The study examined six types of disorders individually, assessing the current state of medical care as well as the ramifications of each condition and the prospects for improved policies.
Epilepsy affects an estimated 40 million people in developing countries, accounting for approximately 85% of people with the disease worldwide. But because of the social stigma associated with the disease, it frequently goes untreated in these areas.
Developmental disabilities that can result from genetic and nutritional factors, infectious diseases, and traumatic events are virtually unrecognized in many third-world countries. But as many as 80% of the world's children are born in those countries, where nutritional deficiencies, environmental toxins and perinatal complications are prevalent.
Although the report noted that bipolar disorder accounts for about 11% of the neuropsychiatric disease burden in developing countries, and preliminary population-based studies have shown suicide rates may be as high as 24%, the authors conceded that little is known about its incidence both in developed and developing countries.
"Despite the identification of bipolar disorder early in the 20th century and prevalence rates in developed countries that are higher than those for nonaffective psychoses, less research has been conducted in these countries on this disorder in comparison to other psychiatric conditions [including those discussed elsewhere in this report]," the authors wrote. "In developing countries, an even smaller and similarly inconclusive body of research exists."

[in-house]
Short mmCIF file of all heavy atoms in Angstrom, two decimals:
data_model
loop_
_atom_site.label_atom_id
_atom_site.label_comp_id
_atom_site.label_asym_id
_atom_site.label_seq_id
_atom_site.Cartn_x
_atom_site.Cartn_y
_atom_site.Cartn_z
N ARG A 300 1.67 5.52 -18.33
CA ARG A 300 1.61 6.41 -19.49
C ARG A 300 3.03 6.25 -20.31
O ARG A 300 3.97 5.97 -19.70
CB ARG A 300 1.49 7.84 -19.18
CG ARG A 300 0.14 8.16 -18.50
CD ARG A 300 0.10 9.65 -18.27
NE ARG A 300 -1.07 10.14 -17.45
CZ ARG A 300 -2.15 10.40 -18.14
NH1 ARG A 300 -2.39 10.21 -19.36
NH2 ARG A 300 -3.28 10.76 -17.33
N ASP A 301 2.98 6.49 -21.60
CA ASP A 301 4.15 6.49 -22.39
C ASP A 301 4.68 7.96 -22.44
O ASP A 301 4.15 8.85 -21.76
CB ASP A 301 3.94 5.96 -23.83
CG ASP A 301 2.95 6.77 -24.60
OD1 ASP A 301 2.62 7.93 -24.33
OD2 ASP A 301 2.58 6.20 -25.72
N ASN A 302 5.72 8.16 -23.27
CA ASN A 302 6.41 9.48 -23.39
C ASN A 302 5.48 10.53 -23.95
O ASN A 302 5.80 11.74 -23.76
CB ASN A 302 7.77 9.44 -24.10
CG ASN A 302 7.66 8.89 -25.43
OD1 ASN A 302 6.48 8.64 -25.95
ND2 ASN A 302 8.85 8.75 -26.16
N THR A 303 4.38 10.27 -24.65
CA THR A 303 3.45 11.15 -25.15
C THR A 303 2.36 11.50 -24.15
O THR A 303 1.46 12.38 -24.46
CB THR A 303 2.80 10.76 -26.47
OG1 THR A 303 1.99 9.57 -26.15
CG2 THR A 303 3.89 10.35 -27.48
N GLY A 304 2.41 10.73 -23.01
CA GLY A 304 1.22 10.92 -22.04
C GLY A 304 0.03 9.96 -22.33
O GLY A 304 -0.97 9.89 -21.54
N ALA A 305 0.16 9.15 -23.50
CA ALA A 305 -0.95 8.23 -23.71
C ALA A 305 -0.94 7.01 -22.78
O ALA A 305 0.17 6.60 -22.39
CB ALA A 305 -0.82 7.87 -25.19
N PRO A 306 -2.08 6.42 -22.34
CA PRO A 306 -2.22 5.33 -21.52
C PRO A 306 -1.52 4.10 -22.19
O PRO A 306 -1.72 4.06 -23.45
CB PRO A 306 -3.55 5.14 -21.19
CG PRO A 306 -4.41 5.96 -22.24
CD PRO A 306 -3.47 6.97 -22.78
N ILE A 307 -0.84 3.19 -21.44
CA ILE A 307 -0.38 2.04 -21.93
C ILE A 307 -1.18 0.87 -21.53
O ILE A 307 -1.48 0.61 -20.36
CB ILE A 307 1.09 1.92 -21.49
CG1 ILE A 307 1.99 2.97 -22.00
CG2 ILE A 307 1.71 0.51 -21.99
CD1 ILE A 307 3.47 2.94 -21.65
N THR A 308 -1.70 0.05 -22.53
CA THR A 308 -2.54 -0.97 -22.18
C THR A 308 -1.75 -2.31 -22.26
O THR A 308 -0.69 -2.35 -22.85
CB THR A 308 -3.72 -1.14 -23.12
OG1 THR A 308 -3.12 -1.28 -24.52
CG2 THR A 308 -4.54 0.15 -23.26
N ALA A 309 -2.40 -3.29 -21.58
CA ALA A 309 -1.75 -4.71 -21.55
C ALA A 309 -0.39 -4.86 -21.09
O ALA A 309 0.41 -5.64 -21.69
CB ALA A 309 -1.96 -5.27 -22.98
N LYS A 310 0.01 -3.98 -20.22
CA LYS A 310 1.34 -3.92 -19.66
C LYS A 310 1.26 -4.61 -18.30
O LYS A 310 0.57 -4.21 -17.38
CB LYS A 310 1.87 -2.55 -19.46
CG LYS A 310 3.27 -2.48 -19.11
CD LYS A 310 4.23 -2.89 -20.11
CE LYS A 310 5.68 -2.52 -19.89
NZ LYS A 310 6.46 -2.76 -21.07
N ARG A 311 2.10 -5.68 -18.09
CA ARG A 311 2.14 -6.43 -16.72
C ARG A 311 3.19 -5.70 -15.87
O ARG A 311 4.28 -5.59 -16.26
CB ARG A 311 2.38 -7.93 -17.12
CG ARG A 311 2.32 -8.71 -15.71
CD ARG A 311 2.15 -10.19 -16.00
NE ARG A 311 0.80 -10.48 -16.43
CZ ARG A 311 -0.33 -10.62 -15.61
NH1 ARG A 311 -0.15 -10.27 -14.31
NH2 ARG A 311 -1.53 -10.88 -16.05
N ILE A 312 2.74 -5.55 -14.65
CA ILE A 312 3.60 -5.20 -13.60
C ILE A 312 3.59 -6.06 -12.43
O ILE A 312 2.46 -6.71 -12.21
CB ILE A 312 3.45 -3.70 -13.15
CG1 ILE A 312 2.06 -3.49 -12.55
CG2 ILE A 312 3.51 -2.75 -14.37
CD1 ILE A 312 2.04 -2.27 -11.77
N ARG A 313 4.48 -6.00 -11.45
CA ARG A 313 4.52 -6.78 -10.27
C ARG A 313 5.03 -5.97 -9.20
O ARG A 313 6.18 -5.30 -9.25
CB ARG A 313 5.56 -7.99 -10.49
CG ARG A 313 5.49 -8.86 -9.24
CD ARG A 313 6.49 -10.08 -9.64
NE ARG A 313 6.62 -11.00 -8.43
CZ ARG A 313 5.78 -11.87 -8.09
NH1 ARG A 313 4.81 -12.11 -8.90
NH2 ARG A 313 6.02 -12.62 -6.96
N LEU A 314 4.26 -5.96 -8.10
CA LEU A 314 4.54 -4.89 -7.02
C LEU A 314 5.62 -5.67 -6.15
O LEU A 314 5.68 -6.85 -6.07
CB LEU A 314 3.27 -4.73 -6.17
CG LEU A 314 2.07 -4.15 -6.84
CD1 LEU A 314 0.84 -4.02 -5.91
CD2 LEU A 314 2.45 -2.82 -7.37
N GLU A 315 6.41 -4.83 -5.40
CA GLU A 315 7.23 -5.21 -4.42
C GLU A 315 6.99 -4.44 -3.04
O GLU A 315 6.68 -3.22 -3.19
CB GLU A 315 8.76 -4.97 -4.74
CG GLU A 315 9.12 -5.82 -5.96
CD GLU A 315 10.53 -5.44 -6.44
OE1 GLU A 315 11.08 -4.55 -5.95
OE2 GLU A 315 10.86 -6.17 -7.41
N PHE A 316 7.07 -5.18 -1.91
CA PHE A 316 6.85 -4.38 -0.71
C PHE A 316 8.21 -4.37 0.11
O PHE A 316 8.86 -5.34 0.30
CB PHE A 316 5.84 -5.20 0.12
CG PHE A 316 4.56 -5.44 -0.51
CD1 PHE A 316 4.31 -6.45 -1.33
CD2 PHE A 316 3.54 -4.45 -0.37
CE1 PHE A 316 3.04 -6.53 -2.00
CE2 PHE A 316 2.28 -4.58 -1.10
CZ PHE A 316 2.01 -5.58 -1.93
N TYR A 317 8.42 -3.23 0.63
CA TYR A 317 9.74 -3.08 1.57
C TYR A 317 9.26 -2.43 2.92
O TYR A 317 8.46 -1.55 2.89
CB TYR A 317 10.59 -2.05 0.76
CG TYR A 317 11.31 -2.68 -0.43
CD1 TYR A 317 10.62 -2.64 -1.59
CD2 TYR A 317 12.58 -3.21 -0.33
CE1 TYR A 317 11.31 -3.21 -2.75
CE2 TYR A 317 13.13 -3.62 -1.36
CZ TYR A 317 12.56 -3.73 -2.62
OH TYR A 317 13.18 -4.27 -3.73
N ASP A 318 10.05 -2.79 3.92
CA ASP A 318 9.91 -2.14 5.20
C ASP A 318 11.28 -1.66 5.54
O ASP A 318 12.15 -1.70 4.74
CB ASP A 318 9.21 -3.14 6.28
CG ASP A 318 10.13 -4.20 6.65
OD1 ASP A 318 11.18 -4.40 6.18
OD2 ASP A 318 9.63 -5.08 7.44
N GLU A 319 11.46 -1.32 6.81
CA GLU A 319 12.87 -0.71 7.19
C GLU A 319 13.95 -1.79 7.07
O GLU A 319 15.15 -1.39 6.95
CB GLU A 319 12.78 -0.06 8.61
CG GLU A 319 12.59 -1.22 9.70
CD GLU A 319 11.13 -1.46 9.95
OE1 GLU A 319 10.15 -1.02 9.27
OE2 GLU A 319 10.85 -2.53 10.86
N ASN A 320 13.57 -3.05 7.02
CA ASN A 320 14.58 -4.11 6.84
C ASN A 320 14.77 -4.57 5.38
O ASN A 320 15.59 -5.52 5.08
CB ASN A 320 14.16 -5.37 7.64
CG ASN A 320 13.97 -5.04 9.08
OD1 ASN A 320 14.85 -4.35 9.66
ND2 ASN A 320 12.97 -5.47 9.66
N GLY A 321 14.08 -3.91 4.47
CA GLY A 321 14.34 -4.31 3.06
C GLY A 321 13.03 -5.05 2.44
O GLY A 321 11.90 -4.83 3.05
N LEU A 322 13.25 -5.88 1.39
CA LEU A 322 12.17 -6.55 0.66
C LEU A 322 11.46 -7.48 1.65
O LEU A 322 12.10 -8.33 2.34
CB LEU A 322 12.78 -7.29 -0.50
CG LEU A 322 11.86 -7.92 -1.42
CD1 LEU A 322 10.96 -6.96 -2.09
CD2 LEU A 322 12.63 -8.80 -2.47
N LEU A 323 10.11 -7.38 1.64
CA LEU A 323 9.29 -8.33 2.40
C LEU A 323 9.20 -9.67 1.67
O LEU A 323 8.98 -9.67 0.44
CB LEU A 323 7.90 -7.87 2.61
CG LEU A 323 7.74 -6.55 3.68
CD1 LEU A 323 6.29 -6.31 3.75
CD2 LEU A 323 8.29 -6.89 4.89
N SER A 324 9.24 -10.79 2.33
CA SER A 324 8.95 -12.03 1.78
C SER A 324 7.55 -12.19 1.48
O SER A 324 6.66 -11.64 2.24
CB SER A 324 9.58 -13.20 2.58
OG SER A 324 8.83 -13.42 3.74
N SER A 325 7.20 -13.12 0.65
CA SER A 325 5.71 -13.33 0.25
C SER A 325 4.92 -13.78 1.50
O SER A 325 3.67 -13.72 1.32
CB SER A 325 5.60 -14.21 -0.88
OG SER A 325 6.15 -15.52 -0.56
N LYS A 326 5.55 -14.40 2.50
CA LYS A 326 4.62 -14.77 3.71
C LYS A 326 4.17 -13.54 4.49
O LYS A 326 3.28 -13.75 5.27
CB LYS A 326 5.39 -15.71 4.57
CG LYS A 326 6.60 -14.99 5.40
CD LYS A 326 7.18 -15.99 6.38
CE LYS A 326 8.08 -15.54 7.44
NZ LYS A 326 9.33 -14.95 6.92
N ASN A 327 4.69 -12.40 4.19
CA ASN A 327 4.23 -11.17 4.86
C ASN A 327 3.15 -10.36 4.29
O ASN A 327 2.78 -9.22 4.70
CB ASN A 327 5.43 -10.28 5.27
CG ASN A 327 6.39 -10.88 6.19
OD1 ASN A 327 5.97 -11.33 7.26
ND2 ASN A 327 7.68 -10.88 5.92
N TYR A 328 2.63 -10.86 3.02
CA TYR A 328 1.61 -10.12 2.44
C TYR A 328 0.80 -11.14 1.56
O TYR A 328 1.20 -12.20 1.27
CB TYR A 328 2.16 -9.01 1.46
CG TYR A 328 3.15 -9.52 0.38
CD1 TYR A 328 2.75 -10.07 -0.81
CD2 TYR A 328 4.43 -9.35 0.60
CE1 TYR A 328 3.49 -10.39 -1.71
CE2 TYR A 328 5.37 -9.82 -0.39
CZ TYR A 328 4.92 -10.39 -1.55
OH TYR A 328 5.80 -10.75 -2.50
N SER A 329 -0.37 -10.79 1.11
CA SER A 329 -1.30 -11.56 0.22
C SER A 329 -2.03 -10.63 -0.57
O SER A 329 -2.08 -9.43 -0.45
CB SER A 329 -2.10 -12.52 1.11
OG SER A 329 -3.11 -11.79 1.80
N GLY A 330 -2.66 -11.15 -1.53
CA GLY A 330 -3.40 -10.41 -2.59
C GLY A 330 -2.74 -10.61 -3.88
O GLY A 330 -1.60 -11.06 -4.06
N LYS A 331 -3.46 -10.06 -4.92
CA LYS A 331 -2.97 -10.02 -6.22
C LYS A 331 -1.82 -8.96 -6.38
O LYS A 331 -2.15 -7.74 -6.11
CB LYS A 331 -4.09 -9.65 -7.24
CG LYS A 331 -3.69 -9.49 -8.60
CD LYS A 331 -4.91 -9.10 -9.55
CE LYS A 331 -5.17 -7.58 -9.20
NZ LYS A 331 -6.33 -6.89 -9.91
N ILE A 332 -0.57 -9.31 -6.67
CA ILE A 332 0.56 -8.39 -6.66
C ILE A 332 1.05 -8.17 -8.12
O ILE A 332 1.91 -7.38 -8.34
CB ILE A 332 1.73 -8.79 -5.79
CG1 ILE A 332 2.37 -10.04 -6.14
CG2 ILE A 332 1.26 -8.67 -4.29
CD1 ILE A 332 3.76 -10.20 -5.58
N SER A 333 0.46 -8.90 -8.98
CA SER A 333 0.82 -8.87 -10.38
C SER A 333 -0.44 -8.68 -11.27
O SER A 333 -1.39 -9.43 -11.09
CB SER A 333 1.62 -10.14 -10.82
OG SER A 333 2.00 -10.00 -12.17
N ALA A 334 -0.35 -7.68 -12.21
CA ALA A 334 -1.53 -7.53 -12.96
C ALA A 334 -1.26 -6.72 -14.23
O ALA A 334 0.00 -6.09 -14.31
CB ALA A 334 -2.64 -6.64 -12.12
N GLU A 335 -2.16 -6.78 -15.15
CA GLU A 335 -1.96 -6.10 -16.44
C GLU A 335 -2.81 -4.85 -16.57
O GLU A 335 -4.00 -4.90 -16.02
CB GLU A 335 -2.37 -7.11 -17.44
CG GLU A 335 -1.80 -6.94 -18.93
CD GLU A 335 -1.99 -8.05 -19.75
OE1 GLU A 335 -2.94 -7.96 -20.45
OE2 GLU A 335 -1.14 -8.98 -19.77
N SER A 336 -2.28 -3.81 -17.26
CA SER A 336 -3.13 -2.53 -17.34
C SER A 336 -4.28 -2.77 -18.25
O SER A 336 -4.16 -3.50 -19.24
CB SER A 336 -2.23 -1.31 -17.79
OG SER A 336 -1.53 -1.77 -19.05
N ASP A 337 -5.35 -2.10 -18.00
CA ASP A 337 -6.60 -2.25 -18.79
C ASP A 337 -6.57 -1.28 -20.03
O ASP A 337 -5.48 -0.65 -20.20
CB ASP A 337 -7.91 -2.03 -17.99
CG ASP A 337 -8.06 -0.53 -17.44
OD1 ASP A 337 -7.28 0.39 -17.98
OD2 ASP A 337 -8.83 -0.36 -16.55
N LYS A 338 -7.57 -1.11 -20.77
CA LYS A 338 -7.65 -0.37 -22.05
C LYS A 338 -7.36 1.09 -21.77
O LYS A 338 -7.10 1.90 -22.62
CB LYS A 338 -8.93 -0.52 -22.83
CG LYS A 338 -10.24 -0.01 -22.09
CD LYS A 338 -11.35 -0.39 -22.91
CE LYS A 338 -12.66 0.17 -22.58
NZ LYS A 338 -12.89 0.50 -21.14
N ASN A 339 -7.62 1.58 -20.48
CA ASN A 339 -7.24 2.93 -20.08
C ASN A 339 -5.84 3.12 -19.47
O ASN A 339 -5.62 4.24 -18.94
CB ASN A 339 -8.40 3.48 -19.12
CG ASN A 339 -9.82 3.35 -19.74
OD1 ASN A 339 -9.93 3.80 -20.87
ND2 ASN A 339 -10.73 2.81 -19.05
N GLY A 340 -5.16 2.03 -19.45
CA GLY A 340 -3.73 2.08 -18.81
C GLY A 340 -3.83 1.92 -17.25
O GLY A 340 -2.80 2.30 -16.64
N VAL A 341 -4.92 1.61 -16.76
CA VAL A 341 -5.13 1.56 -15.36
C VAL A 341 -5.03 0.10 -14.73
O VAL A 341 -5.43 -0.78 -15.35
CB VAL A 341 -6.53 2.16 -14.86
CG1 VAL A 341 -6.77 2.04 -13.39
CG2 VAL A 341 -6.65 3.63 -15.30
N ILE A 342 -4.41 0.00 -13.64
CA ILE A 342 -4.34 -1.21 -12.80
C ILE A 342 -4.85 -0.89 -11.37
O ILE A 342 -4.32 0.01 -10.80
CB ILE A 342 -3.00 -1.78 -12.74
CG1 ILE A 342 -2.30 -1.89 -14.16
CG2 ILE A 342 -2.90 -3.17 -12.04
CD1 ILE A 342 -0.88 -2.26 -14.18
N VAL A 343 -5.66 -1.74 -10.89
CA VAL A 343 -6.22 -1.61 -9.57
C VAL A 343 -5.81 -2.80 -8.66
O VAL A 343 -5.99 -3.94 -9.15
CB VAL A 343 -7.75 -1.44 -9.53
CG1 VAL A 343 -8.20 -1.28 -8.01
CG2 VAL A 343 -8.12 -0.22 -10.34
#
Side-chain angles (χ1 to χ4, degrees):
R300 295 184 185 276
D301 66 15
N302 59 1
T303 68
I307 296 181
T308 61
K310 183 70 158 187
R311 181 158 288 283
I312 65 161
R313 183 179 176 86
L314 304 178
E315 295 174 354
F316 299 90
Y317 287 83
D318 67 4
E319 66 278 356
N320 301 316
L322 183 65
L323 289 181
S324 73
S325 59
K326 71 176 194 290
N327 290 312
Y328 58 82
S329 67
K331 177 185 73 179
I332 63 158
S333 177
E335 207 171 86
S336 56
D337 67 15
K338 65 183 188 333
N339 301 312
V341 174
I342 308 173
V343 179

Depression is estimated to be the leading cause of disability worldwide, but because it is not even acknowledged as a major disease in many countries, there is little in the way of accurate statistical data on its prevalence in developing countries. The study reported that countries like Sri Lanka and China have the highest rates of suicide in the world, but added, "In non-Western countries...completed suicides may be less likely to have received a psychiatric diagnosis because of the paucity of mental health services."
Schizophrenia affects an estimated 33 million people in developing countries, with an average lifetime risk of about 1%. But, the study noted, "The social and economic costs of schizophrenia are disproportionately high relative to its incidence and prevalence...In terms of DALYs [disability adjusted life years], predicted demographic trends include more than a 50 percent increase in the disease burden attributable to schizophrenia in developing countries, a burden approaching that of malaria and nutritional deficiency."
In both developed and developing countries, the burden of schizophrenia includes a high degree of stigmatization and social rejection. "Many schizophrenic patients end up on the streets or in the criminal justice system and are exposed to abuse, even in psychiatric hospitals."